B&W Compact Domestic Monitor 1 loudspeaker
The variation in sound quality in this group was as wide as the price range, with the Acoustic Energy AE2 and Totem Mani-2 achieving the highest absolute quality. However, the Platinum Solo, Alón Petite, and Phase Technology PC80 perhaps offer the best values for money, albeit at differing performance levels.
This month I review three more small stand-mounted speakers. One is from the UK, B&W's Compact Domestic Monitor 1; one from France, JMlab's Micron Carat; and one from Canada, the latest version of PSB's Stratus Mini. All are reflex-loaded two-ways. All could be regarded as high-performance minimonitors. All are very competitively priced.
B&W Compact Domestic Monitor 1: $1100/pair
Voted "Loudspeaker of the Year" by European journalists in 1995, B&W's Compact Domestic Monitor 1 (CDM 1) is an attractive-looking miniature finished on all surfaces with a mahogany-colored veneer. The most unusual aspect of its design concerns the tweeter, mounted on a sloped cutaway at the top of the baffle. The enclosure is constructed from ¾" MDF, and is made rigid by a vertical brace at the sidewall centers. I want to call this a "figure-8" brace, except that it has three rather than two holes. The cabinet walls are lined with 1" foam. The reflex port, almost 2" in diameter and 6" deep, is situated on the front baffle immediately beneath the woofer and is flared to minimize wind noise.
This HF unit is a metal-dome unit descended from the 1" tweeter used in B&W's classic Matrix 801 design. The 6.5" woofer features a yellow cone formed from Kevlar, the synthetic material used in bulletproof vests. The woofer cone is also surrounded by a circular plastic molding to minimize reflections. The tweeter is covered with a black wire mesh, the woofer and port with an elliptical grille made from black cloth stretched over a minimal plastic space frame. I did most of my auditioning with the grille in place. However, after I had removed it and replaced it a couple of times, half of the plastic bushes set into the baffle that hold the grille in place had worked themselves loose.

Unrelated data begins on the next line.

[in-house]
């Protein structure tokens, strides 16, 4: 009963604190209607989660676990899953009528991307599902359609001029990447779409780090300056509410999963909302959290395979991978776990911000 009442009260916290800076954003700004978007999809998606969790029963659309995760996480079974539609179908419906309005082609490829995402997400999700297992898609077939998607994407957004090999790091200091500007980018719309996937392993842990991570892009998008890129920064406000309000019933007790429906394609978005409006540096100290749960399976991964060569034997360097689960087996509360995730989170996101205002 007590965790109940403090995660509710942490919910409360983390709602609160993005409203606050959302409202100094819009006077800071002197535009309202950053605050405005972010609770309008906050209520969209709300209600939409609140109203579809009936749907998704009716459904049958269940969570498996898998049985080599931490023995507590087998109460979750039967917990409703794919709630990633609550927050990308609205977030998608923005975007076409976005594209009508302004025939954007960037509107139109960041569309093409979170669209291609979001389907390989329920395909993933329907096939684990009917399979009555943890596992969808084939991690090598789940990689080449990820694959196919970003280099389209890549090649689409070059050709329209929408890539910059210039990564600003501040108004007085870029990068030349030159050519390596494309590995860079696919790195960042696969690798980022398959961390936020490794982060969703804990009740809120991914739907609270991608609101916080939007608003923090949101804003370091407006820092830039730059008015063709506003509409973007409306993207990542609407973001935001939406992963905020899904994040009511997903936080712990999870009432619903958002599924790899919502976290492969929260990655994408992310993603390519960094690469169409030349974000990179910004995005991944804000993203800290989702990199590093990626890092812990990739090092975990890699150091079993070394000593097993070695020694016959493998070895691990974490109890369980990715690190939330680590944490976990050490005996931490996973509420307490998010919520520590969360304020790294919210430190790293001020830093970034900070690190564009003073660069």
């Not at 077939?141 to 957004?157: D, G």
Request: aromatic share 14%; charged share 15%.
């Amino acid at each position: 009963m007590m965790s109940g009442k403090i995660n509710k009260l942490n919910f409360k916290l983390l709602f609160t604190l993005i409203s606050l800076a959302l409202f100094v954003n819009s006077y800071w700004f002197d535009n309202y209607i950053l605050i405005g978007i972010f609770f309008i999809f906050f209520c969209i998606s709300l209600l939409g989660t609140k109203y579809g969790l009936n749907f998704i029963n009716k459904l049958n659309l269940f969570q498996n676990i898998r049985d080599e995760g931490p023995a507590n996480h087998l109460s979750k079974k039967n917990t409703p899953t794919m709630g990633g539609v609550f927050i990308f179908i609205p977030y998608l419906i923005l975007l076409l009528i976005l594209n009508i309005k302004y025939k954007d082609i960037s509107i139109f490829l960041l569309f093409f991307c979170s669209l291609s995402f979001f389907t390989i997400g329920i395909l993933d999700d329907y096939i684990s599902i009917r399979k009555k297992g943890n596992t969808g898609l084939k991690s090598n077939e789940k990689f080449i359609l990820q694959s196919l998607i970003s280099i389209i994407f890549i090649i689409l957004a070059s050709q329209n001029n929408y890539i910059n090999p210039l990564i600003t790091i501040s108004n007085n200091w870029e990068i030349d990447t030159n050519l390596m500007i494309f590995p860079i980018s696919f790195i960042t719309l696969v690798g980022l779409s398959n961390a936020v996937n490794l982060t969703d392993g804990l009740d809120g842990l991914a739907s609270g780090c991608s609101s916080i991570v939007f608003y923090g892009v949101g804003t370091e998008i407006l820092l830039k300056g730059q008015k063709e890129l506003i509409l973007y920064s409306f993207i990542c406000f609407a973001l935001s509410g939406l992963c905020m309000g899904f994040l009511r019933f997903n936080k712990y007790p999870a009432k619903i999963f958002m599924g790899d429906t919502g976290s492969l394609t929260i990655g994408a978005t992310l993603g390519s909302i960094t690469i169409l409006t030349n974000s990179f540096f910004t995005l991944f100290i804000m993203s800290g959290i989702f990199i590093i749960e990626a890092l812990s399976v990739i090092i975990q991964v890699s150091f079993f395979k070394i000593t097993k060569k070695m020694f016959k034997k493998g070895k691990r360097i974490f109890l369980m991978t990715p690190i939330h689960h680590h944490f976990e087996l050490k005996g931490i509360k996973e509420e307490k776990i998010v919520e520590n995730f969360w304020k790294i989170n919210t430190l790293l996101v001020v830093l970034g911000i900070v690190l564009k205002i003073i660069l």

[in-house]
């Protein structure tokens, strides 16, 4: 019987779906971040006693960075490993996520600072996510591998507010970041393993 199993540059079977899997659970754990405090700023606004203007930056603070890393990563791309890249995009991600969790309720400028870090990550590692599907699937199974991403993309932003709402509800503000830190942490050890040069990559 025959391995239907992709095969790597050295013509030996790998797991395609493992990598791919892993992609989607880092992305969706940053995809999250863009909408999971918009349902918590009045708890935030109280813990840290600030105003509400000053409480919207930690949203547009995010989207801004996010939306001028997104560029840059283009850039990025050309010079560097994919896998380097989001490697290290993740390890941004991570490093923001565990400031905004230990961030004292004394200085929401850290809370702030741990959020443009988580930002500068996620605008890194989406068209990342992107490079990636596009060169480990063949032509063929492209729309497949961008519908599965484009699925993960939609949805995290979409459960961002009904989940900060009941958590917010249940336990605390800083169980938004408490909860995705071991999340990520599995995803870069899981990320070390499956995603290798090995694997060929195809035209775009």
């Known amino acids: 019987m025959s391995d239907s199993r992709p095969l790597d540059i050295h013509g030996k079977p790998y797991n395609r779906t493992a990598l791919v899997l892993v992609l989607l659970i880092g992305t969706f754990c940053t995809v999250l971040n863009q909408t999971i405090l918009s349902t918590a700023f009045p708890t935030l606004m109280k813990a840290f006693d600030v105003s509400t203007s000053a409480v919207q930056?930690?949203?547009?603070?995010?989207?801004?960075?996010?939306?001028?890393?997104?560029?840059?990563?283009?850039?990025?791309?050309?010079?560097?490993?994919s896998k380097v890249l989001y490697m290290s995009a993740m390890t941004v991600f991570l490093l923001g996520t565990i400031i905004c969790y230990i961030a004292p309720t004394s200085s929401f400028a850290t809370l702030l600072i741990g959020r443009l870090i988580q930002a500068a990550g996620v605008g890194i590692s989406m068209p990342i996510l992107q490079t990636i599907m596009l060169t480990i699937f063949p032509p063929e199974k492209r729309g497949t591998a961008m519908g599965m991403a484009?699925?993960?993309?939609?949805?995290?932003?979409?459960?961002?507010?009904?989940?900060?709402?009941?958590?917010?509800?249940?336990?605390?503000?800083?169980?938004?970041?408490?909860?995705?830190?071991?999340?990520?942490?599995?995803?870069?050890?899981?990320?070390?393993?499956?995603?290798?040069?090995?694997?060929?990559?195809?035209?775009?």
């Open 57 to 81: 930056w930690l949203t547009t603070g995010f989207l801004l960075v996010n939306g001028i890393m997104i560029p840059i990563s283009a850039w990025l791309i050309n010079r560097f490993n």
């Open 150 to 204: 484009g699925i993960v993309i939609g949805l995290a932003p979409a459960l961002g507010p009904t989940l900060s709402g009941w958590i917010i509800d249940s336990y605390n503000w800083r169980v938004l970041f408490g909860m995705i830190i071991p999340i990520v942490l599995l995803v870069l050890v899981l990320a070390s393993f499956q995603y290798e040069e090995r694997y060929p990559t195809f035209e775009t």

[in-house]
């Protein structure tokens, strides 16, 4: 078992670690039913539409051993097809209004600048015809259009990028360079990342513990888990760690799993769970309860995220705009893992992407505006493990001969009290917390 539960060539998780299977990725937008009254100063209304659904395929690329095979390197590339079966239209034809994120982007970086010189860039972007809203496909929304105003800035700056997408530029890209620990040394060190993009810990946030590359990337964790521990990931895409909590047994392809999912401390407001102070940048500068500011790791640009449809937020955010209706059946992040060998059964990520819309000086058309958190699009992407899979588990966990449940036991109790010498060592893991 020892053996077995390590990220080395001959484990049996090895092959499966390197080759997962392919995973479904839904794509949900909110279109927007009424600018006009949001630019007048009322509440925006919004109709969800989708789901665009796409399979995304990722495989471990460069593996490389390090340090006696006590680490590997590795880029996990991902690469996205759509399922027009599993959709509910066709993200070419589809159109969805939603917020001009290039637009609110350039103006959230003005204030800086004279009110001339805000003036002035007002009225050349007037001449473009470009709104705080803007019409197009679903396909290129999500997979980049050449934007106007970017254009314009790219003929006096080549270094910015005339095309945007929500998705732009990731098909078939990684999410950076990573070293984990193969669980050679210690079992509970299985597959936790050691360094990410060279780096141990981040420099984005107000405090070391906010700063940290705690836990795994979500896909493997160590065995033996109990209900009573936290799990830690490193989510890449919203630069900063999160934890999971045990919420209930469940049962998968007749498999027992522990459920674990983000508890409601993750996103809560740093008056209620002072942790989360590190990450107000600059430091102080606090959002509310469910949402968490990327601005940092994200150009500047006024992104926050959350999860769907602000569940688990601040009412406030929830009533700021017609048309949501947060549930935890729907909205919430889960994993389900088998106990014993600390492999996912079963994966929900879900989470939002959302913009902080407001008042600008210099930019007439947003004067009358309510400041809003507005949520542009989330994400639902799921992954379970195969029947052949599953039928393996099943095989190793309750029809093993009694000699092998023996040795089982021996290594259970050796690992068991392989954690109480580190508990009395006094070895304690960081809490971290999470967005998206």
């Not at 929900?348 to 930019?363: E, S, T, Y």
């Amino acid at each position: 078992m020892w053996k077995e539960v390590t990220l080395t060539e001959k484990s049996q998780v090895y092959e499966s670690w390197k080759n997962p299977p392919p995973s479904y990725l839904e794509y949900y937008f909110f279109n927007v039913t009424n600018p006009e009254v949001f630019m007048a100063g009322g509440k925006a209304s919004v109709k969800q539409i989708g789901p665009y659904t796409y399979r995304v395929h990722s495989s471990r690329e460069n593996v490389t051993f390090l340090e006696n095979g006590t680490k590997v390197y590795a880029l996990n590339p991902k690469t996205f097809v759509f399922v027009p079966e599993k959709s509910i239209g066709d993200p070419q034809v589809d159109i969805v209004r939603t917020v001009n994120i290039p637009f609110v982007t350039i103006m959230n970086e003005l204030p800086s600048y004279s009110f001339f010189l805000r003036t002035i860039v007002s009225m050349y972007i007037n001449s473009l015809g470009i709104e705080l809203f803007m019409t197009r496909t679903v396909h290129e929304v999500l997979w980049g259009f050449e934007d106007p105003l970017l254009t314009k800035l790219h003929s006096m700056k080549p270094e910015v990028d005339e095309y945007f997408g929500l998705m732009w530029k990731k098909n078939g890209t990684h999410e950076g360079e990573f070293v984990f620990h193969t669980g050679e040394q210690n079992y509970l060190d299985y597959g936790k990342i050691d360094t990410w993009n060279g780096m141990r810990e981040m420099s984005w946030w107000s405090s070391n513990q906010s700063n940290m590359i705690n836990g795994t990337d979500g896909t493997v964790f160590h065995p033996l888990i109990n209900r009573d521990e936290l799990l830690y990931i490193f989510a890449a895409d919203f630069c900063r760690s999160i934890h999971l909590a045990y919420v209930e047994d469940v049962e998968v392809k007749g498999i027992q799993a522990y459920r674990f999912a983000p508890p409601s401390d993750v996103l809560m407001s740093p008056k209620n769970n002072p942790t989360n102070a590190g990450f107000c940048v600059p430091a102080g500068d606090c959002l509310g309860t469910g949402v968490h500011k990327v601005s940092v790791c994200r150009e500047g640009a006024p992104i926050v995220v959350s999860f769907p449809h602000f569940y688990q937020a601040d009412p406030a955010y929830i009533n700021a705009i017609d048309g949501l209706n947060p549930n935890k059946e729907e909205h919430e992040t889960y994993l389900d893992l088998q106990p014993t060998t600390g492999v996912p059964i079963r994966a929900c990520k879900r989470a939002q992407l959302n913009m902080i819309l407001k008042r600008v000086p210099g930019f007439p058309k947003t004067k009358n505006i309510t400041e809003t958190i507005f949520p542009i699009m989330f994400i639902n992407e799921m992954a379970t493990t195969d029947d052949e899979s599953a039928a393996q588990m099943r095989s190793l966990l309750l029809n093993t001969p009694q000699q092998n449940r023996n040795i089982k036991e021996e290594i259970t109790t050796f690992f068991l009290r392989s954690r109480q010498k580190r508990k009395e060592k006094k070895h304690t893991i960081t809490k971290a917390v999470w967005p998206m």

The crossover is set at 3kHz, with the circuit mounted on a small printed circuit board attached to the inside of the inset plastic terminal panel. The woofer low-pass filter appears to consist of a single soft-iron-cored series inductor, while the tweeter high-pass filter, a damped T section, features an air-cored inductor and non-polar electrolytic capacitors. Two sets of gold-plated knurled binding posts are provided to allow for bi-wiring. Unlike some of other speakers I have reviewed recently, these posts did not work loose with extended use.
Regular readers will be aware that my long-term reference loudspeaker is the B&W John Bowers Silver Signature. This stand-mounted two-way design retails for $8000/pair—I bought the review samples after I wrote my review for the June 1994 Stereophile (Vol.17 No.6, p.75). Well, for just over one-eighth its price, the CDM 1 sounds fundamentally similar to the Silver Signature! Not quite as good, mind you, but this speaker is definitely cut from the same cloth as its sterling cousin.
Although I primarily used the Silver Signatures as monitors during the editing and mixing of the masters for Stereophile's new CD of Robert Silverman performing works for piano by Franz Liszt (STPH008-2), I substituted the CDM 1s at frequent intervals. My motive was to see whether the decisions I was making worked as well on a lesser speaker as they did on the expensive speakers. However, the closeness of the CDM 1's and Signature's tonal balances worked against me. Putting aside false modesty, I thought the big Steinway D sounded terrific on either speaker! And the splices were as detectable or undetectable (depending how you look at it) on each. The descriptor "monitor," often misused, seems appropriate in this case.